Believe. Which of God’s promises would I need to believe in order to obey and share what I have read?

Share. What can I share and with whom can I share it?

Final Prayer. Pray for the faith to believe the promises of God so that you might obey and share what you have learned.

Genesis 8:6-22

Pray. Ask the Holy Spirit to help you understand what you are reading.

Read. Read the passage slowly either alone or in a group and answer the following questions:

Listen. What is the passage saying? What are the main points?You can use the following background to guide you.

Background. Chapter 7 of Genesis tells us that it rained for forty days and that the “waters flooded the earth for a hundred and fifty days. No matter how you slice it, Noah was in that ark with all those animals for just over a year (370 days – Chart from the ESV Study Bible p. 63). I think the reality of what happened is quite lost on us today. The fact is that animals smell and I hazard a guess that after twelve months the smell was rather rank. I’m sure Noah (and perhaps more particularly his wife) had had his fill of all of this. Alas, we’re not done yet.

Once the one hundred and fifty days were accomplished, the waters began to recede. It took another three months for the tops of the mountains to be spotted. Noah waited yet another forty days before opening the window of the ark. So we’re looking at about a year in the ark with all those people (7+1) and animals.

What does Noah do first once the window of the ark is opened?
[He sends out a raven, “and it kept flying back and forth until the water had dried up from the earth” v. 6.]

What happens next?
[Noah next sends out a dove, but alas, it returns for there is no place where it can land. Seven days later Noah tries this again but this time the dove returns with the leaf of an olive tree. The third foray of the dove a week later results with the dove not returning. The earth is finally dry.]

According to Genesis 7:16 “… the LORD shut him [Noah] in.” (While the scripture does not say this, I think that since the LORD “shut him in” that the LORD then opened the door of the ark to release the captives. Perhaps not! j.t.)

When next we hear from the Lord, what is it he is saying?
[“Come out of the ark, you and your wife and your sons and their wives. Bring out every kind of living creature that is with you – the birds, the animals, and all the creatures that move along the ground…” vv. 15-17a NIV]

What is the “great commission” given in Chapter 8?
[“…so they can multiply on the earth and be fruitful and increase in number upon it.” v. 17b]

What is the first thing Noah does once he disembarks from the ark?
[“Then Noah built an altar to the Lord and, taking some of all the clean animals and clean birds, he sacrificed burnt offerings on it.” v. 20 (Somewhere along the way the LORD must have shown Noah how to distinguish between the “clean” and “unclean” animals and birds. This occurs long before those designations outlined in Exodus. This may have been one reason why there were seven (!) pairs of “clean” animals and birds chosen as compared to the “unclean” where only one pair was collected; i.e., so there would be enough for sacrifice as well as procreation. j.t.)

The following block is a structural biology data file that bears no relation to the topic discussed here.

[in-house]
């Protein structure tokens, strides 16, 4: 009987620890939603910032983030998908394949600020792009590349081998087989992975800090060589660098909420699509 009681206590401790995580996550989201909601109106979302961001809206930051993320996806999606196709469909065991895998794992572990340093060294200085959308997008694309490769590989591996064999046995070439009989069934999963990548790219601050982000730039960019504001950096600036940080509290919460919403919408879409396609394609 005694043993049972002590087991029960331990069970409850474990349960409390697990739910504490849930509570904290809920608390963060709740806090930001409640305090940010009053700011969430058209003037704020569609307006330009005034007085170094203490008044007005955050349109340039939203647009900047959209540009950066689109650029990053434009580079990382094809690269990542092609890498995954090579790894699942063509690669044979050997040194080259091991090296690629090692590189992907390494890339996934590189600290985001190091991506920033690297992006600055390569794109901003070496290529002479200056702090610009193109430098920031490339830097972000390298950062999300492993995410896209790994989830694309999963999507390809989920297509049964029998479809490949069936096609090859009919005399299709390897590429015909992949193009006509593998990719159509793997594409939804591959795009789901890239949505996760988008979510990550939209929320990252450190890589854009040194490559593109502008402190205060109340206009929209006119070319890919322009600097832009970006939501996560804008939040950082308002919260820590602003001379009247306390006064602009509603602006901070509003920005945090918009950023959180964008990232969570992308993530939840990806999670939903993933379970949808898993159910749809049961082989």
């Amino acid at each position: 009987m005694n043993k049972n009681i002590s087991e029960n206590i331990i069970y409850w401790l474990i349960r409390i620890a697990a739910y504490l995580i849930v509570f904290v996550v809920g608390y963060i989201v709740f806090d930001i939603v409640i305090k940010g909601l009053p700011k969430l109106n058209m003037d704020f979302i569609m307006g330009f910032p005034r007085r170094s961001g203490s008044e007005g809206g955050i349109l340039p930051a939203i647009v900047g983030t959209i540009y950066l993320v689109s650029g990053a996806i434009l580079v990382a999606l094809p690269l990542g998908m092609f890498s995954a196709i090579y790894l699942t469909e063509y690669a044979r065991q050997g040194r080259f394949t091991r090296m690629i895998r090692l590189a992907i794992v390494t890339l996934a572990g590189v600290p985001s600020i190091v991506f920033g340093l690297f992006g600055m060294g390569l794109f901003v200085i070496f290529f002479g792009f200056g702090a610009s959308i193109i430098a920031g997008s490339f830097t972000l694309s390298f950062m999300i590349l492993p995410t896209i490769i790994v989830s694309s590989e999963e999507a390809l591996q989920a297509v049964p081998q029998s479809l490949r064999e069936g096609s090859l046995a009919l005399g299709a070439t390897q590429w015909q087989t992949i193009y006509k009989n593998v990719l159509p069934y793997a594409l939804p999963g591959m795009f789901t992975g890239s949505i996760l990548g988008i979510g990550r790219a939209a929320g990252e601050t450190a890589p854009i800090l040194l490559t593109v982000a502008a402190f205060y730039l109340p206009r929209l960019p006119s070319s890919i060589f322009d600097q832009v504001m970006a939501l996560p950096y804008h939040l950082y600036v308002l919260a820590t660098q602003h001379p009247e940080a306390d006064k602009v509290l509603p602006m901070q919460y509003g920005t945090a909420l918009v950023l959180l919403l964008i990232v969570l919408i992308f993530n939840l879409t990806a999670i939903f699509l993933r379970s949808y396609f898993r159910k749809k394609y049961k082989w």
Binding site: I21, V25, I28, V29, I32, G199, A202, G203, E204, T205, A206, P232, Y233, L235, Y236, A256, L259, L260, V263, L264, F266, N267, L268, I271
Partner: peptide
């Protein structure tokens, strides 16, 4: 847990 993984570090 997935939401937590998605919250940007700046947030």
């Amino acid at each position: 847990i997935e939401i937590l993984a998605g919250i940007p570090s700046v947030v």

What very interesting oath does the LORD make in verses 21-22 and to whom does he make it?
[First things first, the LORD swears this oath to himself. Never again will he curse the ground because of man. We, of a certain age, remember the phrase “The devil made me do it.” Here it may be intimated that “man made the LORD do it.” I hope we begin to get a glimpse of how much the LORD hates sin and just how evil it is. Last week when we looked at Chapter 6, I quoted from Habakkuk 1:13: “Your eyes are too pure to look on evil; you cannot tolerate wrong.” (NIV) The King James Version puts that verse (to my way of thinking) more eloquently: “Thou art of purer eyes than to behold evil, and canst not look on iniquity.”]

The imagery of the ark will be important to remember especially when we look at the Ark of the Covenant later in Exodus. Jesus will prove to be the eternal Ark of the Covenant. The ark saved Noah and his family (and humanity) from complete destruction and Jesus saves any and all who will believe in him. “He is the atoning sacrifice for our sins, and not only for ours but also for the sins of the whole world.” (1 John 2:2)

Obey. What is God asking me to do?

Repent. How have I failed to obey what God is asking me to do? Confess those failures to God and ask for his forgiveness.

Believe. Which of God’s promises would I need to believe in order to obey and share what I have read?

Share. What can I share and with whom can I share it?

Final Prayer. Pray for the faith to believe the promises of God so that you might obey and share what you have learned.

One thought on “Daily Bible Readings – Monday, January 20, 2014

  1. I enjoyed reading this post. I gained an understanding of why we cannot enter into God’s blessings because we fear the enemy more than we trust God. Thanks for sharing.